When Captain James Stirling settled the colony of Western Australia in 1829, he appointed eight Justices of the Peace originally referred to as ‘Conservators of the Peace’ to “inquire into the truth of felonies, poisonings, enchantments, sorceries, act-magic, trespasses, forestalling, regrating, ingrossings and extortions whatsoever”.
Captain Stirling gave the Justices of the Peace the same powers as their UK counterparts, who have helped uphold Westminster law since 1361.
Western Australia’s first Justices of the Peace were required to carry out a wide range of duties generally termed as ‘administrative.’ Prior to establishment of a Police Force such duties included such things as organising searches for lost children, reporting on movements of Aborigines and establishing the whereabouts of absconding seamen. They were also required to determine minor civil disputes between ‘master and servant’.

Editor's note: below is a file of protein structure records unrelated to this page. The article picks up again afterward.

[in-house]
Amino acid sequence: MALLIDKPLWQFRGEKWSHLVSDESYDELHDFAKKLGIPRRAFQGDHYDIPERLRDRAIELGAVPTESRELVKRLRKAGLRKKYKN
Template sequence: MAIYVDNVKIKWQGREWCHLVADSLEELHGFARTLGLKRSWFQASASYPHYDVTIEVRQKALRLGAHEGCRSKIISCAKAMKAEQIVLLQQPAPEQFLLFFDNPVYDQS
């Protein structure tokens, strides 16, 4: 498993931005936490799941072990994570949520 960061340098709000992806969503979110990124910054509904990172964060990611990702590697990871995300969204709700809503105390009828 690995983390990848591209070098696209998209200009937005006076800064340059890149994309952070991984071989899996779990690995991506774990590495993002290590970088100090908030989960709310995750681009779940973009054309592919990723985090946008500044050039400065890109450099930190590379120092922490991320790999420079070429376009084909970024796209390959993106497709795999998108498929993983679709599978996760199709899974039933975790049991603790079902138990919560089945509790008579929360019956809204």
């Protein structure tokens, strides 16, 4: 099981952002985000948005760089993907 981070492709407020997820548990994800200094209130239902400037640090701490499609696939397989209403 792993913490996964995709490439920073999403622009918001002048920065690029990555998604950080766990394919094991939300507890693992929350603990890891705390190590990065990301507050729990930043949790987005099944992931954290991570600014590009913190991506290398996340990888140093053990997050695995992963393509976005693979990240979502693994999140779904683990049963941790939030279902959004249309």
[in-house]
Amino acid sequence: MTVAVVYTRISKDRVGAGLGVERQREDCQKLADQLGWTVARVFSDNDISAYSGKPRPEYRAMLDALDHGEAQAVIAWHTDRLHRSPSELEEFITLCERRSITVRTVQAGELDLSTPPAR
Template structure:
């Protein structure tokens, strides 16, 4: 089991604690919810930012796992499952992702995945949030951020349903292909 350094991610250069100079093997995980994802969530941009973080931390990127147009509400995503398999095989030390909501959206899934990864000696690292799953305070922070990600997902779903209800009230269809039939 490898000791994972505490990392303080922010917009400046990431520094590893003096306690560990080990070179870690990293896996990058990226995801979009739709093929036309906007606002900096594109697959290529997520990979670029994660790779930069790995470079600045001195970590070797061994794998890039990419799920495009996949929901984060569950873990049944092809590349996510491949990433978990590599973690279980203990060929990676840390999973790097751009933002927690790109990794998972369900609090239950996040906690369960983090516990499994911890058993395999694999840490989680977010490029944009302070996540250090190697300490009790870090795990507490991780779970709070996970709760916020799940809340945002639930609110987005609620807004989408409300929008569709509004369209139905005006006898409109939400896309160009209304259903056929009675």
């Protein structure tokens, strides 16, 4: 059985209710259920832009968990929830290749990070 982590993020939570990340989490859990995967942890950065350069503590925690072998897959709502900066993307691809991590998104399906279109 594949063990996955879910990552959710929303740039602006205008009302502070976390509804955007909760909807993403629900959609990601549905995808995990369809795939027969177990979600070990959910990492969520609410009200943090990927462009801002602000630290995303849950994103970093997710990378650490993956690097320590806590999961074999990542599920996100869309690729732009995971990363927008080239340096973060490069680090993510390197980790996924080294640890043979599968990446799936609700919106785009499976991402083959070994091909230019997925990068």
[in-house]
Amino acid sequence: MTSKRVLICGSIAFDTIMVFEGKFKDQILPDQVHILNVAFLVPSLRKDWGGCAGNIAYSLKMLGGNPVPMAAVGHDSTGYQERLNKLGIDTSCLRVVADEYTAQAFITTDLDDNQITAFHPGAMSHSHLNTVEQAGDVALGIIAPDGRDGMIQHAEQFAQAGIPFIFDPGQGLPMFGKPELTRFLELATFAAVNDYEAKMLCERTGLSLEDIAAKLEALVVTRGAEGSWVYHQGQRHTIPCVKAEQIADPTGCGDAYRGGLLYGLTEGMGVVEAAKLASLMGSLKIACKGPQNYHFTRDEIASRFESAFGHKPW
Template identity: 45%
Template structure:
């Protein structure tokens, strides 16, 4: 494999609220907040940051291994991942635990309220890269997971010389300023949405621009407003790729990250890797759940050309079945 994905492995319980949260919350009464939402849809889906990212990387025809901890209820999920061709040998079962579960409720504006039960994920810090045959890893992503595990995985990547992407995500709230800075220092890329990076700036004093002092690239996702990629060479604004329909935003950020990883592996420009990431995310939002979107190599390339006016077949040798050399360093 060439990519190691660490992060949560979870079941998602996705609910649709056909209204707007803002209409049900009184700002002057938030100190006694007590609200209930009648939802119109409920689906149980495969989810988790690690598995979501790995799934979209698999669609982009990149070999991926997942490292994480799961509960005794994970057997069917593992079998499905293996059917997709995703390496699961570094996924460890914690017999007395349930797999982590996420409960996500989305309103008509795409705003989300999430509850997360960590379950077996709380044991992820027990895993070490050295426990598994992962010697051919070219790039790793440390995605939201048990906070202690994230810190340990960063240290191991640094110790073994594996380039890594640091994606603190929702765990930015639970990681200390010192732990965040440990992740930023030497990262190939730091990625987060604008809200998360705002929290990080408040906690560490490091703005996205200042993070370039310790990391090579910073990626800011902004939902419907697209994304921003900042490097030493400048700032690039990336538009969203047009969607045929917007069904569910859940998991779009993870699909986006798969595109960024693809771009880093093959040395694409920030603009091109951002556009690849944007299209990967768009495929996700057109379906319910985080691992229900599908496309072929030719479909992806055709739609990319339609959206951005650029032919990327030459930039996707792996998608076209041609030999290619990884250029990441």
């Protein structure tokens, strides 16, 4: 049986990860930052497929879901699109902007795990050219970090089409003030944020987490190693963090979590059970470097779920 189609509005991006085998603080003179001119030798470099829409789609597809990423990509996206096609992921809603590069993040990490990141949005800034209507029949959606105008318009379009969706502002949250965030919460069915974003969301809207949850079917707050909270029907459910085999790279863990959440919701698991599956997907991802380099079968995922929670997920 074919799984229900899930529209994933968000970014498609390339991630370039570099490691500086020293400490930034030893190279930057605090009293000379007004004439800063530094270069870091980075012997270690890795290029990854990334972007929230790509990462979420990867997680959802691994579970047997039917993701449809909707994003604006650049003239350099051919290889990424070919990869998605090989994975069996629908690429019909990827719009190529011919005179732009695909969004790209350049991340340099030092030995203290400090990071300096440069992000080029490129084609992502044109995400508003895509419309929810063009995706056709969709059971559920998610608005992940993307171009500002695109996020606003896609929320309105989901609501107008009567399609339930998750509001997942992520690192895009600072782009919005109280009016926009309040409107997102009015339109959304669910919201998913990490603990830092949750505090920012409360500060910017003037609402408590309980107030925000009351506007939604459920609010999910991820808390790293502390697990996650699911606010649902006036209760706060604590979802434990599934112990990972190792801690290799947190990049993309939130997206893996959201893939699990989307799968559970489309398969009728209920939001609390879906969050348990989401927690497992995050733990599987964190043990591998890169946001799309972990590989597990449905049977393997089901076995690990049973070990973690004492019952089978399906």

Until 1852, Western Australian Justices of the Peace, like those in the UK, were also expected to oversee local police operations and constables were required to ‘wait upon’ Justices. Administration of constables prior to enactment of the first WA Police Act also fell to Stipendiary Magistrates who were always sworn in similar to that for Justices of the Peace. Additionally, they acted as an agent for the Government in passing official instructions to settlers. Stipendiary Magistrates supervised the work of Justices of the Peace in their districts and presided over the majority of non-capital criminal trials.
The District Court Act of 1970 separated the court jurisdiction over on-capital offences further.
Today, Magistrates come under the direction of the Chief Magistrate. Whilst the role of the magistrate has changed significantly over the years, the relationship for Justices of the Peace has diminished to some degree today and judicial duties fall within the Magistrates Court Act 2004 (WA) wherein JPs now only perform bench duties under authority directed by the Chief Magistrate.
The Justice of the Peace Act 2004 (WA) provides for appointment of Justices of the Peace for Western Australia. JPs today have powers that are specifically provided in Western Australian statutes, which are relevant to the execution or administration of purposes of such legislation.